Ken and Jerry
Ken and Jerry are both eighty-five years old. They live near each other in their hometown of La Crosse, Wisconsin. They’ve been friends for thirty or forty years – they cannot agree on the exact number. But they agree on their favorite beers (they sip their Miller Lites at the same speed). They agree that their friend Robert, who is sitting a few feet away, needs to speak up. But most of all, they agree that their annual trip to the ski resort near Glacier National Park is their favorite time of year.
“We met skiing,” Ken shares. “Almost every year since a bunch of friends from La Crosse meet for five days at the resort,” Jerry chimes in. They spend the next few minutes trying to think of all the golf tournaments they’ve road tripped to. Robert is the only one who remembers what year anything happened, and he makes sure to correct the other two when they’re wrong. He says they’ve been taking the train “for a very long time. Since it was the normal way to move around.”
They take advantage of every mode of transportation for their trips together, but the train is by far their favorite. “It’s nice and peaceful,” Jerry says. Except “you don’t have the priority on the road – you have to wait for the important freight trains.” But it’s worth it for them in their pursuit to avoid all the “bullshit” of air travel.
“You have to enjoy the wilderness,” Jerry advises me. “The landscape of North Dakota is like the steps of Egypt.” When I ask what he means, he says “just look at the animals.” Ken does not question the comparison, only takes another swig of beer. They seem to understand each other perfectly.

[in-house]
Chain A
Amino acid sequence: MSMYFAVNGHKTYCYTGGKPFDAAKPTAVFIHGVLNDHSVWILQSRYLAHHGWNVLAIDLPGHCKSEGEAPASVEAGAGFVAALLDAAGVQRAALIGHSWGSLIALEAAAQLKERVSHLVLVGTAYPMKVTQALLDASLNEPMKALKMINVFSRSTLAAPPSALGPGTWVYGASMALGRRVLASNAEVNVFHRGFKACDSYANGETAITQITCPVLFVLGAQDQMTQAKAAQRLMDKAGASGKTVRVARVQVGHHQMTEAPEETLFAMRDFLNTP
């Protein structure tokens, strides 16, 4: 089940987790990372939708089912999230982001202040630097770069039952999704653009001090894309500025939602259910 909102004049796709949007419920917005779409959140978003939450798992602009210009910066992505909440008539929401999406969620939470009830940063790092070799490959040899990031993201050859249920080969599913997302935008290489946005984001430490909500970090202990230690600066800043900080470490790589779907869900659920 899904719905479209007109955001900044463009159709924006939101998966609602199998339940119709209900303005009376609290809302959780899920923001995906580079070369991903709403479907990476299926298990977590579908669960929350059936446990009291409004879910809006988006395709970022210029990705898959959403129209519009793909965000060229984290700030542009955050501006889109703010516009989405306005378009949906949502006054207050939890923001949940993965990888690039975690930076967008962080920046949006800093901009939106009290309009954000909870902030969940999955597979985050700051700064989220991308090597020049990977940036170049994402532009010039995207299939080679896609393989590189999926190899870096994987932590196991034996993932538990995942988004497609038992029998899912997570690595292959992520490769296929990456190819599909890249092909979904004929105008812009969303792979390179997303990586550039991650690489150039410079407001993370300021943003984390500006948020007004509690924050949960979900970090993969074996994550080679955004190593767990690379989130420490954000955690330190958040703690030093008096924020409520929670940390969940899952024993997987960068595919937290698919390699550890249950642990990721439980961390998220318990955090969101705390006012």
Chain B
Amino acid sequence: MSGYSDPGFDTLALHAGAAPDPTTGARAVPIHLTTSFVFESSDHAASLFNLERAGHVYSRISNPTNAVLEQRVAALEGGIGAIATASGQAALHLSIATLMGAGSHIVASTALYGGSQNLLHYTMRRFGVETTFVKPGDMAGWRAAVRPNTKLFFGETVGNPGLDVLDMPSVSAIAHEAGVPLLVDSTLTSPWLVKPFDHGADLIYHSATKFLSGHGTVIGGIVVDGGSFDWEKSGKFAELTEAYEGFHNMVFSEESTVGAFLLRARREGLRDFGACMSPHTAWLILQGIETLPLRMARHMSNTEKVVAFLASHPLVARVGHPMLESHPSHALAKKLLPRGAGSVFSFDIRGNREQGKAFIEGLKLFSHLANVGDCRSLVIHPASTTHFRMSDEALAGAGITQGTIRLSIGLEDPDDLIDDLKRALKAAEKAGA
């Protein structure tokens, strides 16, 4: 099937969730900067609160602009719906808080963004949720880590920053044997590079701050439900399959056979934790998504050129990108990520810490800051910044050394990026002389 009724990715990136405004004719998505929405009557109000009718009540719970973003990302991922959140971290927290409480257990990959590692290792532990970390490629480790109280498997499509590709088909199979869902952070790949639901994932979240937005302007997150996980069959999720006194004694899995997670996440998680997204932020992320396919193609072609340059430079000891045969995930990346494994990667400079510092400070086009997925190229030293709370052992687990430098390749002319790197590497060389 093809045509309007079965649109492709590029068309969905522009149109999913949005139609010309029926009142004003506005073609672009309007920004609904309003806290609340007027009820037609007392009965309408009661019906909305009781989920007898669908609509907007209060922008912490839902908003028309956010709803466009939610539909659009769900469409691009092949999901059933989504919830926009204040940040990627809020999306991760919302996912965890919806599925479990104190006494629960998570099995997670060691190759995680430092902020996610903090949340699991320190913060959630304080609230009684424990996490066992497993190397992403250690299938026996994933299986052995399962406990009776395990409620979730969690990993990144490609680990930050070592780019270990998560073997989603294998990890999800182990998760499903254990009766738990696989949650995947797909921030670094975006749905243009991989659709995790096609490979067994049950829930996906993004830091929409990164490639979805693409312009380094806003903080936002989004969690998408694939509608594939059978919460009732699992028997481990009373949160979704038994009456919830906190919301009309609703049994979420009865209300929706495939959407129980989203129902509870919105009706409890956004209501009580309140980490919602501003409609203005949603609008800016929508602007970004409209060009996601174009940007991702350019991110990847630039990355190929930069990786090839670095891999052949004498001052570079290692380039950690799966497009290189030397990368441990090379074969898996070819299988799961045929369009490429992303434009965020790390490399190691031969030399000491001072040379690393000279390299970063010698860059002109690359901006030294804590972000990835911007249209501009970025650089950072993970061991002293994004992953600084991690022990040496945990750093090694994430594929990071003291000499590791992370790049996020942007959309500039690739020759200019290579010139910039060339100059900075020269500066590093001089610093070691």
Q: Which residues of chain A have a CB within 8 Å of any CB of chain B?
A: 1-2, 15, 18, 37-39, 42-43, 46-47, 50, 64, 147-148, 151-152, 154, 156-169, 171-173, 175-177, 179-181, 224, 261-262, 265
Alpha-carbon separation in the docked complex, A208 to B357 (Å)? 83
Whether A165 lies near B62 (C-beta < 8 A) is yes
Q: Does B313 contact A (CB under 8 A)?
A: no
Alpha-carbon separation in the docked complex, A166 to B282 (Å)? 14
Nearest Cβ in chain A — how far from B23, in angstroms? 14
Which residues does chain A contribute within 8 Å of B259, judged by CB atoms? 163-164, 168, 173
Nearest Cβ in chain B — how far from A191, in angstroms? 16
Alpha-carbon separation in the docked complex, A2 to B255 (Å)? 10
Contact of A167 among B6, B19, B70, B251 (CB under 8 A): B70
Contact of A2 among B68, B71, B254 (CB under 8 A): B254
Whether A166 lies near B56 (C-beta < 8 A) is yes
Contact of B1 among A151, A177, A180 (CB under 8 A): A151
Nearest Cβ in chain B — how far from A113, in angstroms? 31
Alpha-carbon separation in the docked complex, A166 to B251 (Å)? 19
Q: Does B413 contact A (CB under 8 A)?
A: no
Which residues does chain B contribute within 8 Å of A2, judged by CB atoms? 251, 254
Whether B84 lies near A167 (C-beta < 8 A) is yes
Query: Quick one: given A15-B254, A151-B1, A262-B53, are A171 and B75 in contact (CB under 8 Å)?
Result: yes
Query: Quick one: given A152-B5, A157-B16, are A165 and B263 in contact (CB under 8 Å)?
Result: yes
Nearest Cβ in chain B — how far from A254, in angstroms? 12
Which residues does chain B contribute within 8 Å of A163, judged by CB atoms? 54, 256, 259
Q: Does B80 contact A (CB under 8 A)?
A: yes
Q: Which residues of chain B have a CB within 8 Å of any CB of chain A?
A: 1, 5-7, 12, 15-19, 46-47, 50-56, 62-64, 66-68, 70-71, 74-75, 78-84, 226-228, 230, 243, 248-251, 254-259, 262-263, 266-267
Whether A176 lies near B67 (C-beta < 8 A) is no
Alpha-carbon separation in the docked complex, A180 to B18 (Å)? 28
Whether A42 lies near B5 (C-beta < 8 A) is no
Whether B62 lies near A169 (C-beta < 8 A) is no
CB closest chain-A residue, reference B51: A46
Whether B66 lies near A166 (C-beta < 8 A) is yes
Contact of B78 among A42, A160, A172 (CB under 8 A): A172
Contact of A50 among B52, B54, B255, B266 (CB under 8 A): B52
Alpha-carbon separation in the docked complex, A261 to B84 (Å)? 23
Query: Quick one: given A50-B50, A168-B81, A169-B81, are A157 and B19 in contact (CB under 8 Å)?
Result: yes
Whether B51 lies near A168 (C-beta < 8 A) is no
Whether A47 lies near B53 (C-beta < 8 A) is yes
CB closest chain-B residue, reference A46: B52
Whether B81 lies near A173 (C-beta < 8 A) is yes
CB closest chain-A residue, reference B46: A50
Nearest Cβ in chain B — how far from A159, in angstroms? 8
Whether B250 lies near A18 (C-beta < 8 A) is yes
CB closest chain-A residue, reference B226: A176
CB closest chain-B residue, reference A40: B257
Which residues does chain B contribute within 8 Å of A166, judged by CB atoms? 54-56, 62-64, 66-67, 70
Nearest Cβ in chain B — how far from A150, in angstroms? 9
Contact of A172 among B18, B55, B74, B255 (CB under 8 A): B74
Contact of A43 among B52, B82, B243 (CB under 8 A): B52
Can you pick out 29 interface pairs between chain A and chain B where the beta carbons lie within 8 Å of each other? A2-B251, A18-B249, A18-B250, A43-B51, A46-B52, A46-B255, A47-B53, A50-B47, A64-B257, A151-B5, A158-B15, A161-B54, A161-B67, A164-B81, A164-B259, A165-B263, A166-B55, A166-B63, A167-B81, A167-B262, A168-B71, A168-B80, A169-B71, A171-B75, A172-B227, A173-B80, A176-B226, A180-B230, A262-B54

The two friends make sure to lend me some advice about traveling. First, Ken tells me to take everything in, and enjoy every moment of it. Jerry has something much more concrete to offer: “Never leave your bag alone!” Ken starts laughing, and explains that Jerry never takes his own advice – he is going to the ski resort empty handed.
Jay and Teresa
Train travel is not just for groups of friends seeking extended getaways. In fact, it seems to be the perfect mode of transportation for those vacationing alone. Teresa from Michigan explains: “You have your personal space in your roomette, but if you want to be social you have the opportunity.” Jay is also from Michigan, but he hasn’t met Teresa yet. “It’s just me, so I’m used to doing this alone.”
Teresa lived in California for twenty-three years, but she moved back to Michigan a few years ago to take care of her elderly mother. “I go back every year to visit friends and get away from the cold.” She too lives alone, but considers her pets to be her children. She keeps plenty busy with outdoor sports, and is teaching her first Tai Chi class.
Jay takes the same trip every year during his two-week vacation from work. He takes the California Zephyr and makes three stops, always to meet a distant cousin for a casual family reunion. But starting next year, he hopes to diversify his destinations. “Turning sixty-six,” he says with a proud, toothy smile. “ I plan to retire, get social security benefits, and travel more.”
This is Teresa’s first time using a train for long distance travel. She didn’t want to take an airplane because “air travel is so unpredictable. There’s the least bit of bad weather anywhere in the country and all of the airports have delays.” In the end, the cost of traveling by train did not cost much more than the price of a plane ticket and some gas money.
But this time has been invaluable for her. She knits as we speak, talking excitedly about all of the books she has managed to read so far. “This my time to un-think. I don’t worry about home or work – this is time for decompression.” When it gets a bit too quiet in her roomette, she joins some of her across-the-train neighbors in the observation deck. “Everyone is so sociable. They all give little histories of where they come from and where they’re going.”